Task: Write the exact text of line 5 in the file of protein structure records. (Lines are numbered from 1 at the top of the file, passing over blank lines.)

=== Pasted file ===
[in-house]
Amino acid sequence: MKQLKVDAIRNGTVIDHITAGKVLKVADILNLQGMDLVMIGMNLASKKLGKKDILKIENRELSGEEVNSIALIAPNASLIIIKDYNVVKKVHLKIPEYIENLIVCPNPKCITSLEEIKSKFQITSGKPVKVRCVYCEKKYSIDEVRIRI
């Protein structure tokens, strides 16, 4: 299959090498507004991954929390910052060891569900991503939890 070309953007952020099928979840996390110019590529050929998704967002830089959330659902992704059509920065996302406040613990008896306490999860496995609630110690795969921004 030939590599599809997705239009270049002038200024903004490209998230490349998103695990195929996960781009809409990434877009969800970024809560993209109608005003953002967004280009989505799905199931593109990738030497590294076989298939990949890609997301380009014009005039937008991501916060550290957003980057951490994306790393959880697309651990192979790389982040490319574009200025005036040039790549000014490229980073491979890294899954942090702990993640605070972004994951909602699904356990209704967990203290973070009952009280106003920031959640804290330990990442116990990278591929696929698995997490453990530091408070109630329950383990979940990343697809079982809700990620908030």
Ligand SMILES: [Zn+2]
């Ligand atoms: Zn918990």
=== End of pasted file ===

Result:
């Ligand atoms: Zn918990």